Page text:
How "Monochrome for Austin" Came to Be

When students of The University of Texas at Austin went on winter break in December, they had no idea what was in store for them when they returned to campus. Over three weeks in early January, Nancy Rubins and her crew, with the help of the Beck Group, worked tirelessly to scale the heights of the 16,000 pound support structure to make Monochrome for Austin a reality.

Even with years of pre-planning and logistics, the final shape of Monochrome for Austin wasn’t realized until after each boat found its final home on site. Bit by bit the sculpture began to take shape. A battered metal kayak still tagged with the former rental company’s phone number juts in one direction; only hours later, a pristine flat-bottomed fishing boat protrudes from another. Each day new boats appeared. Weather permitting, the crew installed an average of five boats a day. Rubins directed the entire process and her crew—each wearing a distinguishing colored hard-hat—through walkie-talkies from the ground. Sometimes in the heat of the moment, she ignored the walkie-talkie and simply yelled directions from across the street.

Onlookers couldn’t help but stop and stare at this massive undertaking. Some freely offered their opinions to Nancy herself, while others slyly captured the unique in-progress moment with their smart phones. CultureMap provided exclusive access to a time-lapse video of one day of the installation process.

 

 

A canoe hanging from a crane

By 17 January, all boats and canoes were installed and secured and Monochrome for Austin was complete. The result is a sculpture assembled from 70 boats—50 feet tall, 52 feet wide, and 41 feet deep—flowering up and over the street. Once clean up is complete and outdoor lighting installed, art lovers will be able to enjoy Nancy Rubins’ work in its full glory.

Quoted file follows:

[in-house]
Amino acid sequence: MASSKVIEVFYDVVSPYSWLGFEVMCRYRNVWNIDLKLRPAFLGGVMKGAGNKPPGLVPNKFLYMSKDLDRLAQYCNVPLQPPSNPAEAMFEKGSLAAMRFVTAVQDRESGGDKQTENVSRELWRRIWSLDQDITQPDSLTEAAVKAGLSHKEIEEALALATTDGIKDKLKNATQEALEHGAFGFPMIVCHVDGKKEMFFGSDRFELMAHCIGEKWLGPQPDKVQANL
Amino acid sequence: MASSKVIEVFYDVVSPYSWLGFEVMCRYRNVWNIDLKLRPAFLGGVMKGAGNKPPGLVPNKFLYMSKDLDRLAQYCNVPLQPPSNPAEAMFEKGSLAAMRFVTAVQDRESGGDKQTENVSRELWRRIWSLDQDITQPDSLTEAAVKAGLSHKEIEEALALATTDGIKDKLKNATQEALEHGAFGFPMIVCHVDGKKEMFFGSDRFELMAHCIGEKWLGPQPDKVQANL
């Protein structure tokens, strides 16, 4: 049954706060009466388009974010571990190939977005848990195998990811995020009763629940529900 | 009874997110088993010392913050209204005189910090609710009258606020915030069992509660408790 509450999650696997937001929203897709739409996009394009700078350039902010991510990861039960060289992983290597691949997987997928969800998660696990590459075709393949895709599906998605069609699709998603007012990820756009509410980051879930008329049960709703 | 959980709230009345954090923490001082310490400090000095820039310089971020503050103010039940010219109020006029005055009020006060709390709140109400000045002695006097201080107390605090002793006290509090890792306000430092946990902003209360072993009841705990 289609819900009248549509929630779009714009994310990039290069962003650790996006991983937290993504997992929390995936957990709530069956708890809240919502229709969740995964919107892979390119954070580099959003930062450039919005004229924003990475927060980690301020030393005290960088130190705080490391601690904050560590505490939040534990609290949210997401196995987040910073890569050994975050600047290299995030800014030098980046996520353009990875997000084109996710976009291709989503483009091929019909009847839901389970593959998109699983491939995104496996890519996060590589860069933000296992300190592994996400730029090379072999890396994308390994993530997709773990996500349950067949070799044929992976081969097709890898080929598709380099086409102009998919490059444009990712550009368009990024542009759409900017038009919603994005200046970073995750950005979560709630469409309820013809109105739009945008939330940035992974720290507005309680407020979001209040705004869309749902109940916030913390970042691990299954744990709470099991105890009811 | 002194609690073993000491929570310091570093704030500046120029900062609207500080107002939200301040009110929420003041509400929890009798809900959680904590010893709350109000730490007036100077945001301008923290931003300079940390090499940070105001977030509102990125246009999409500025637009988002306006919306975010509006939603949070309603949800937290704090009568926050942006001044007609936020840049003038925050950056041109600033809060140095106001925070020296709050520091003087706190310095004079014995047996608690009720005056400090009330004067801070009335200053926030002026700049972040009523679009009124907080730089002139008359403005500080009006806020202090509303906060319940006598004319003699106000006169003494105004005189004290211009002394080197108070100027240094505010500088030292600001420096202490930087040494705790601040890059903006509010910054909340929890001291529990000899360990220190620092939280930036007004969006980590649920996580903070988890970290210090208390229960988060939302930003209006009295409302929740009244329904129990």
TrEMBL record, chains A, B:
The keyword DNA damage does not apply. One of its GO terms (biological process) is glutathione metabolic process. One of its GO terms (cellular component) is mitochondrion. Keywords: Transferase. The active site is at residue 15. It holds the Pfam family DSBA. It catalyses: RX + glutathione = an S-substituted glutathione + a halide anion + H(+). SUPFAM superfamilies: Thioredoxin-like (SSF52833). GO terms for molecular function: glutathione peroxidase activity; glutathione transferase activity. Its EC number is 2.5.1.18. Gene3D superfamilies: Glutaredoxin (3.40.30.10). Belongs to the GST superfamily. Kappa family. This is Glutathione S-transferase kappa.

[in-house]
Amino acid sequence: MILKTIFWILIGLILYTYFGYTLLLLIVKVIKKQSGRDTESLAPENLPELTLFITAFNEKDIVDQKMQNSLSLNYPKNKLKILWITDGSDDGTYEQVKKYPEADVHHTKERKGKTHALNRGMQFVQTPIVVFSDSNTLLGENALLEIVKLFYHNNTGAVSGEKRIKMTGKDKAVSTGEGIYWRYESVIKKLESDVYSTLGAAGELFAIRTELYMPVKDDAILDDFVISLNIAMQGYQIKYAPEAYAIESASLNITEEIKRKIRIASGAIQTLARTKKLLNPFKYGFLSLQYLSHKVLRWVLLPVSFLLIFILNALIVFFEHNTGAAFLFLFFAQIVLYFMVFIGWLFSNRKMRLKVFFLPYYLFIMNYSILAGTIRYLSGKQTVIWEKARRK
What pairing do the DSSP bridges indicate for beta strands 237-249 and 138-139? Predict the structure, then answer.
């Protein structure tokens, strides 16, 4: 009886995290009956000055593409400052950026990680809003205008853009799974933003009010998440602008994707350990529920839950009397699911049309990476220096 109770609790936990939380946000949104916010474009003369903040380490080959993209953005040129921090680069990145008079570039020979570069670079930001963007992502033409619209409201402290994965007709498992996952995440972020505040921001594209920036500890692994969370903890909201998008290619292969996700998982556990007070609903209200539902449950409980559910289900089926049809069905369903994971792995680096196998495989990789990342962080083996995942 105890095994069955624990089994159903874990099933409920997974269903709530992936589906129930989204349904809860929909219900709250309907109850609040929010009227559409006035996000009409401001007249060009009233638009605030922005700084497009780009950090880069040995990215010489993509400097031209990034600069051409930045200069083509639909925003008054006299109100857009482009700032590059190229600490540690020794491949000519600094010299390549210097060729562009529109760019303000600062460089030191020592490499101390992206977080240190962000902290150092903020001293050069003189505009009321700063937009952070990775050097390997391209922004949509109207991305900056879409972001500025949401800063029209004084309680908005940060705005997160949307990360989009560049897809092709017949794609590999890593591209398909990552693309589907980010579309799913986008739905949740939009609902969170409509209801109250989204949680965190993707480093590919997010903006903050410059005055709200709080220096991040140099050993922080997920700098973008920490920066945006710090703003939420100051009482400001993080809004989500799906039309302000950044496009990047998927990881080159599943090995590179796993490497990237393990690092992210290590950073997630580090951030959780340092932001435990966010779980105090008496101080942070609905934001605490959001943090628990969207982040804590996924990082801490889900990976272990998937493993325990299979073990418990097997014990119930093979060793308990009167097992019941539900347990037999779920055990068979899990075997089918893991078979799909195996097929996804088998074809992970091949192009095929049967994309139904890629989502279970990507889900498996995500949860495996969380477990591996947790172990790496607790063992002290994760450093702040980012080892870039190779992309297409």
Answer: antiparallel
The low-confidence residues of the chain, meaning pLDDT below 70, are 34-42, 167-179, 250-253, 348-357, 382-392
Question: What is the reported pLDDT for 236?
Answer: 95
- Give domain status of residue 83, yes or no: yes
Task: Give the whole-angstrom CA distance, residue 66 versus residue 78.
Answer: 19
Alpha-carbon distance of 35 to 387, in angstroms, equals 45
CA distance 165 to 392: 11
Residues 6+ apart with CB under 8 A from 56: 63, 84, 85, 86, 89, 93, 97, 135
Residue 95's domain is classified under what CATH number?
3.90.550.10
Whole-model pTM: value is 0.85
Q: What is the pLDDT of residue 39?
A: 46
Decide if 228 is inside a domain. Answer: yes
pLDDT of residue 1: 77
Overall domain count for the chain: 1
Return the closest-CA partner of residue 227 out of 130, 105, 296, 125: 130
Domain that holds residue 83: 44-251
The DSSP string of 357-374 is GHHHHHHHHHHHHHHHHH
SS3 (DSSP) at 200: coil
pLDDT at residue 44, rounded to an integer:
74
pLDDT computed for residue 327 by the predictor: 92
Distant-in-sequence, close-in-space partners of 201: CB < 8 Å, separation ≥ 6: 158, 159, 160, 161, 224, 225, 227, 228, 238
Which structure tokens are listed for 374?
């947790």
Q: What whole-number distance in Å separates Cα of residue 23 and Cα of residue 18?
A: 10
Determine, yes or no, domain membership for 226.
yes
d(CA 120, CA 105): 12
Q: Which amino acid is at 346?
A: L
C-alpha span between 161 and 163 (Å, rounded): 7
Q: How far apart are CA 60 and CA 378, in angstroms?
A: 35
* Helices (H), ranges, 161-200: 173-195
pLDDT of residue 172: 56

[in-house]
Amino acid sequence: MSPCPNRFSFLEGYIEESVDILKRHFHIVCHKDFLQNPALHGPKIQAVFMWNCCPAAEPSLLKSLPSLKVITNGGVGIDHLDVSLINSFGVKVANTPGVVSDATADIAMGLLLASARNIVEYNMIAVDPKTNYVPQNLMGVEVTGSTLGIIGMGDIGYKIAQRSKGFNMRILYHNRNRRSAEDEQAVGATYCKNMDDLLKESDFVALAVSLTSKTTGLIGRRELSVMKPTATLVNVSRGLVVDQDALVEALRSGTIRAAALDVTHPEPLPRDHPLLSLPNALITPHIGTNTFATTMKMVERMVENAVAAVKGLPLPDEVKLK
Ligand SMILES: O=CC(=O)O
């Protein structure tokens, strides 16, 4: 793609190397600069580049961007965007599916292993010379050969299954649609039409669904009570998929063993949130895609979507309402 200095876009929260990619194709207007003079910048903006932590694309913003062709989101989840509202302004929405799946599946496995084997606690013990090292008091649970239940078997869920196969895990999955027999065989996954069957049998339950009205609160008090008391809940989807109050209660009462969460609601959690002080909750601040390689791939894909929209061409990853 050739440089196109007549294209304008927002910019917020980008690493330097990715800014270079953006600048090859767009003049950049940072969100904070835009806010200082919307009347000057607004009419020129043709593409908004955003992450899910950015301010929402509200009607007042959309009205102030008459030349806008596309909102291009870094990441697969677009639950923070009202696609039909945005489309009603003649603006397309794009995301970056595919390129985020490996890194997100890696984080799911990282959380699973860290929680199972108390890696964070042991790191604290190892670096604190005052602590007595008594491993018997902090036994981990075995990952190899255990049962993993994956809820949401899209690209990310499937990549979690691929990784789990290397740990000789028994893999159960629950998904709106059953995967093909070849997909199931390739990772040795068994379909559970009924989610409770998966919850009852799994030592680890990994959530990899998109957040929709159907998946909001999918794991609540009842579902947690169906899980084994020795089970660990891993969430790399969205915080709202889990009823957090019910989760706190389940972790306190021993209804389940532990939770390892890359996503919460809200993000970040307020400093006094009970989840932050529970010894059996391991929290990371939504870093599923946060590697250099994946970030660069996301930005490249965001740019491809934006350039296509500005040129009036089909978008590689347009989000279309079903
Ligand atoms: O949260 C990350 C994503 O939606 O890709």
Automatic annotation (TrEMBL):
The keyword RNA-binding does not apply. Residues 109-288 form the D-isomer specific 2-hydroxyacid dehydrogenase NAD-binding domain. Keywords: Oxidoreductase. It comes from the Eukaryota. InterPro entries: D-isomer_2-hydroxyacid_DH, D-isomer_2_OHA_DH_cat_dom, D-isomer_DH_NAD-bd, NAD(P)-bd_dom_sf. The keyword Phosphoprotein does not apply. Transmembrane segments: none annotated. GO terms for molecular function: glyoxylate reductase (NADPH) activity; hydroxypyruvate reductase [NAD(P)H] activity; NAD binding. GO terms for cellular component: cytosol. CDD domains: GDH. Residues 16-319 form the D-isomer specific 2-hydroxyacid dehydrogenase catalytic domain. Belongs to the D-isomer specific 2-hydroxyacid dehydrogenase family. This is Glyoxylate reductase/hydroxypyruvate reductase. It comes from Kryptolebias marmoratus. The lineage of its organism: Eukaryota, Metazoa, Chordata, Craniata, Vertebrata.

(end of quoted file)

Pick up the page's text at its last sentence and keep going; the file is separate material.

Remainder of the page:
Nancy Rubins' work is designed to turn heads and spark strong reactions. Dr. David Hunter of UT’s Fine Arts Library says that the sculpture represents "the unleashing of potential, whether that lies in persons, discoveries, materials, ideas, or activities. You could think of each of us here as a boat, riding the swirling currents of ideas, trying to stay afloat as we navigate the perils of discovery." Dr. Douglas Dempster, dean of the College of Fine Arts, says that Monochrome for Austin "is a thought provoking, debate-worthy work of art and a perfect choice for a public art program on the campus of a premier research university."

The funding for Monochrome for Austin came from capital improvement funds provided by the new construction of the Norman Hackerman Building. No tuition money went to fund the piece.

For more information on Monochrome for Austin, read the artist entry by New York-based art critic Nancy Princenthal. 

On 5 March 2015, Landmarks will host a celebration in honor of Monochrome for Austin. Rubins will talk with Nancy Princenthal in a public Q&A, followed by an outdoor reception with music, drinks, and live music from Austin afrobeat group Hard Proof. Space is limited. Reserve your spot by 3 March.